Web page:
Monday, June 6, 2016

General Update

We worked on the battery and Motor this week.

We disassembled the Leaf battery pack into its major components.  The rear pack will go under the rear seats of the VW, the other two packs will go in the engine compartment.  Only the power connections are shown, there are many more wires not shown that connect to the Battery Management System (BMS).  The battery pack was obviously built in a modular fashion, and the wiring connectors were very well placed for our needs.  We did not need to disassemble any part of the actual packs so all the safety shielding in still intact and we hope to keep them as is in the new configuration.  We will create some long "jumper" connections from the front pack connectors to the rear BMS connector so we will not need to actually change any of the pack wiring.  Hurrah!

BMS, note the 5 multi-pin connectors bringing in voltage readings from each pair of cells in the entire pack, 96 pairs.  We have a few cables to build up to bring the data from the front of the car back to the BMS or vice versa...
The rear pack came out very easily, the + and - power connections, and two heater plate connectors.
The rear pack, 24 modules, 48 pairs, 96 cells.  MUCH heavier than it looks, we used their lift points and lifted it like a deer but with a 2x4.  Two of us could get it airborne, but it took four of us to be able to maneuver it.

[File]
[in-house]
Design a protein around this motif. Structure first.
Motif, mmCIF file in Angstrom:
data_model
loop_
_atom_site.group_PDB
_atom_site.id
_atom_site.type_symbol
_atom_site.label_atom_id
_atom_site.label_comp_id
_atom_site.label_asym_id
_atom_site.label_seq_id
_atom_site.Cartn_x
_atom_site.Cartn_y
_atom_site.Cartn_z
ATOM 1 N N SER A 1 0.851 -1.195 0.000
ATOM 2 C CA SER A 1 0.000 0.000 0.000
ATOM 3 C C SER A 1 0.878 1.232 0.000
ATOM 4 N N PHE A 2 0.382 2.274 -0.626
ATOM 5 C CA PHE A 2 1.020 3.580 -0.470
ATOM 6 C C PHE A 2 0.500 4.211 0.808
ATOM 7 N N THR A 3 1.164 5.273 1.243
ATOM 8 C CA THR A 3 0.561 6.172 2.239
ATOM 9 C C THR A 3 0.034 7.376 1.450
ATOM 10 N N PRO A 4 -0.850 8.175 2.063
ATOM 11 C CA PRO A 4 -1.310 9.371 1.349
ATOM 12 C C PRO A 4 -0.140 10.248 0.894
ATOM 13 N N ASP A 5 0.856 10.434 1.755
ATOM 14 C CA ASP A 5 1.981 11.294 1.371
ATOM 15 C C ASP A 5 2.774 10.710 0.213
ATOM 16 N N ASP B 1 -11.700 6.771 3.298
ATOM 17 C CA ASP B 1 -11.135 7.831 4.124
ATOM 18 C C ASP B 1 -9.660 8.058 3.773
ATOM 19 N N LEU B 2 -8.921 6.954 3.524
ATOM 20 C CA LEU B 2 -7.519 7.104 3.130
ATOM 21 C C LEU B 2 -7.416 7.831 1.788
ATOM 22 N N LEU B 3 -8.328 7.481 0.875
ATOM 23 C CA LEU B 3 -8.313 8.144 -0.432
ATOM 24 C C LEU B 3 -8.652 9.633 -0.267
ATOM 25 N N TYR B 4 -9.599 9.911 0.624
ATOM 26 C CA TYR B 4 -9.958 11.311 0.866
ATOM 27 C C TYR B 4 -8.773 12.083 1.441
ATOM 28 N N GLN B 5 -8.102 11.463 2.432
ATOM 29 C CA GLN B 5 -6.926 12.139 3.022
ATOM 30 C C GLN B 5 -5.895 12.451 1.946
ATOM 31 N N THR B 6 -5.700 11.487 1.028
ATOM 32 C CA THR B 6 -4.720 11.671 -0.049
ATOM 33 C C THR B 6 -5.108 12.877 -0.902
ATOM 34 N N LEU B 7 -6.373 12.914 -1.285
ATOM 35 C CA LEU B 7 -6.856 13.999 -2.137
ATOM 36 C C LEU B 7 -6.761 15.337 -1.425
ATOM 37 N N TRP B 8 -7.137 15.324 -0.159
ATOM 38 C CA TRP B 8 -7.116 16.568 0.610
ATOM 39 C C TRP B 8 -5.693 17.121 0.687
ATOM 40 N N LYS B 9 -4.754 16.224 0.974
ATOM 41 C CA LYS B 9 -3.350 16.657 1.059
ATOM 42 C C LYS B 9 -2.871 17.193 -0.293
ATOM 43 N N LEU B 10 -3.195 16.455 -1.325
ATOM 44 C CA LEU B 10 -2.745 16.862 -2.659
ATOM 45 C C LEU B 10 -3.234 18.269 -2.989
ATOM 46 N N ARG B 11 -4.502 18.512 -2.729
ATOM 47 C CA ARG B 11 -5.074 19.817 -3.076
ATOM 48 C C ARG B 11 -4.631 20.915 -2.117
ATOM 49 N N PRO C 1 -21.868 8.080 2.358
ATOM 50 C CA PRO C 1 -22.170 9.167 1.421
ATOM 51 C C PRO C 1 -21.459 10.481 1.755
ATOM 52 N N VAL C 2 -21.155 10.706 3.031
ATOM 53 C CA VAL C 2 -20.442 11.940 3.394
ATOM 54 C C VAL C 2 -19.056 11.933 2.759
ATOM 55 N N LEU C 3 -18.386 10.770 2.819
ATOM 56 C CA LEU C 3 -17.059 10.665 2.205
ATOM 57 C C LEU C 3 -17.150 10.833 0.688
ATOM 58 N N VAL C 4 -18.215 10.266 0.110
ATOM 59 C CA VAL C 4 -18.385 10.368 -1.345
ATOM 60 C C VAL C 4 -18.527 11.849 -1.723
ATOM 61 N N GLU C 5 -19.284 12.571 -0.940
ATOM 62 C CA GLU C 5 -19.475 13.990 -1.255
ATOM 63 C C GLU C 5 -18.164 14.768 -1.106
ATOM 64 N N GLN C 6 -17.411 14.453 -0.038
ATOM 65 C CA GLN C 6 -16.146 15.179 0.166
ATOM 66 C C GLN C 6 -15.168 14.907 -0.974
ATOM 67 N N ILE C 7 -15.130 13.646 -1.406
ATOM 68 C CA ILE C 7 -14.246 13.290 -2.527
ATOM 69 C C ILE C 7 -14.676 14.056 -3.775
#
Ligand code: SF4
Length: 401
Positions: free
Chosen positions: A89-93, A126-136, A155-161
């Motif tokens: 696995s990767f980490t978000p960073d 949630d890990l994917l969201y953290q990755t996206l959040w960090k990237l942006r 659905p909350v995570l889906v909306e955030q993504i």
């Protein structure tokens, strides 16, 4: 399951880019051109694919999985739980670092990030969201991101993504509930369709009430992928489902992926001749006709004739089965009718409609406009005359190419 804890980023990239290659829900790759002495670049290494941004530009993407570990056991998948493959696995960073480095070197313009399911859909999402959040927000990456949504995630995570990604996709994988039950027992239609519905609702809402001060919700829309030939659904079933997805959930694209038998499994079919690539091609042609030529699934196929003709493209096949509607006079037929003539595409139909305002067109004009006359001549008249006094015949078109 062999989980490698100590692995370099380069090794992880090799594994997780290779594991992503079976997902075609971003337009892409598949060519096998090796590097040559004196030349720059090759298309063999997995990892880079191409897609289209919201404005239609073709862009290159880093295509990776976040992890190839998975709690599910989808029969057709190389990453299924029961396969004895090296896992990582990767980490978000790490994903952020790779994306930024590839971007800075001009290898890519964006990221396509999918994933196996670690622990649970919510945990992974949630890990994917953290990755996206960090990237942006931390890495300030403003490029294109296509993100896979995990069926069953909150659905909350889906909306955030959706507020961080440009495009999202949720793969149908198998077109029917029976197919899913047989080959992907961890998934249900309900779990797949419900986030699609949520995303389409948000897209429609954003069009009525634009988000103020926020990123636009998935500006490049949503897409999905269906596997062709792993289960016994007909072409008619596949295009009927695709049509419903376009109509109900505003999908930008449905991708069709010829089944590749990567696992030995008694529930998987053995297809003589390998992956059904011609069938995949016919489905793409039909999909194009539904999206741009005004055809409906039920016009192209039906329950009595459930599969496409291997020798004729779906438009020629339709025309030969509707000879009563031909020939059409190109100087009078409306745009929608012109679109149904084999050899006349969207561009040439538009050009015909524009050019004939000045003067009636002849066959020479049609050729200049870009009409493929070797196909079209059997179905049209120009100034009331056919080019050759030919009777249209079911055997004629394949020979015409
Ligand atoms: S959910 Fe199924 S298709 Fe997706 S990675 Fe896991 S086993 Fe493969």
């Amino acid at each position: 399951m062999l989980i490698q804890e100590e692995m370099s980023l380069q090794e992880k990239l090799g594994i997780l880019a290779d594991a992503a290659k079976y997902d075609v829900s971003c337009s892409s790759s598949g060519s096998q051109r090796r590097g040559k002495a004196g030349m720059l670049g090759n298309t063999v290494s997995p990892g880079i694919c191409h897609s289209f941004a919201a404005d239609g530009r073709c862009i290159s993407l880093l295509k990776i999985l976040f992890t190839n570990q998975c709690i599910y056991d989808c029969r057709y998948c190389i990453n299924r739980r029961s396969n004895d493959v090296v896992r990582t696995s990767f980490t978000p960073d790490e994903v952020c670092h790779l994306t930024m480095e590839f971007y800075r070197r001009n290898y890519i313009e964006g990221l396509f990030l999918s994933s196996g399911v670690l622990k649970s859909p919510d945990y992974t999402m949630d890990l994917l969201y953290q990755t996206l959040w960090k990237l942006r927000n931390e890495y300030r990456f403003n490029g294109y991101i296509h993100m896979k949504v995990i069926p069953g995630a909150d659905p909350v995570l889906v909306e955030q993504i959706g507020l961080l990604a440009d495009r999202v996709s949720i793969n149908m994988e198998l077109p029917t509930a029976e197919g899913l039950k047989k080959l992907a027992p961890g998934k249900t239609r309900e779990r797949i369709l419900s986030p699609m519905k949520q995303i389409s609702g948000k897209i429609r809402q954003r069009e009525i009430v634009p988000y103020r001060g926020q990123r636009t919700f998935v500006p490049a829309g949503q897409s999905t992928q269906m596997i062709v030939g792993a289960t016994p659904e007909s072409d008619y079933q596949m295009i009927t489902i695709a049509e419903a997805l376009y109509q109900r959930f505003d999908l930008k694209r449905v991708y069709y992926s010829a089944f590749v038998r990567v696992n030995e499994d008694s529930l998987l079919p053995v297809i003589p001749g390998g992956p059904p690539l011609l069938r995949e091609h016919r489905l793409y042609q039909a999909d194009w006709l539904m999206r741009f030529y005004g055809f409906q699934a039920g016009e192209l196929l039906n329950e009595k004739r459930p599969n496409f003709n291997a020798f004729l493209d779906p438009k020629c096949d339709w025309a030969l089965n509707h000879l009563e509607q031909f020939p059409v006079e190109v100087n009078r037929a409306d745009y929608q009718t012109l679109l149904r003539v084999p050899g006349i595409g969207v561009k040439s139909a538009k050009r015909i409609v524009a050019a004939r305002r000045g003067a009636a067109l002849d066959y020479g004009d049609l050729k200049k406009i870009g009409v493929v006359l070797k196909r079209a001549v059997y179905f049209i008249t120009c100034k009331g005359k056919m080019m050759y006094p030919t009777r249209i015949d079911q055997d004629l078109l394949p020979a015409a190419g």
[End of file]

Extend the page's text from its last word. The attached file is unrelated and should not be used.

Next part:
Main disconnect.
Underside of main disconnect, note the huge fuse.  And yes, we played it chicken, note the rubber glove and only one hand in the pack at a time.
Under the main disconnect we found the heater relay.

Labeled Panasonic are the + and - main disconnect relays.  Between them are the pre-charge resistor and relay under it.
Wolftronix programmed our DMOC 645 (AZD), his DMOC adapter (black box to left) and we confirmed that everything works once you remember to disable the charger interlock safety circuit (prevents you from driving away while plugged in).

A Big thanks to Wolftronix.

All the modules are plastic wrapped.  Next step is to measure the packs more closely, and the area under the rear seats to create a battery box.

Creation of the motor/tranny adapter plate is in progress.  There was a concern that the front bearing in this motor needed to share lube with the transmission, but the data I have found suggests that the previous version did require lube, this version should be a sealed unit with a 5 year, 20k hour maintenance interval.  for us 20k hours is 30 plus years...

1 comment:

  1. Very interesting work, good to see you making good progress.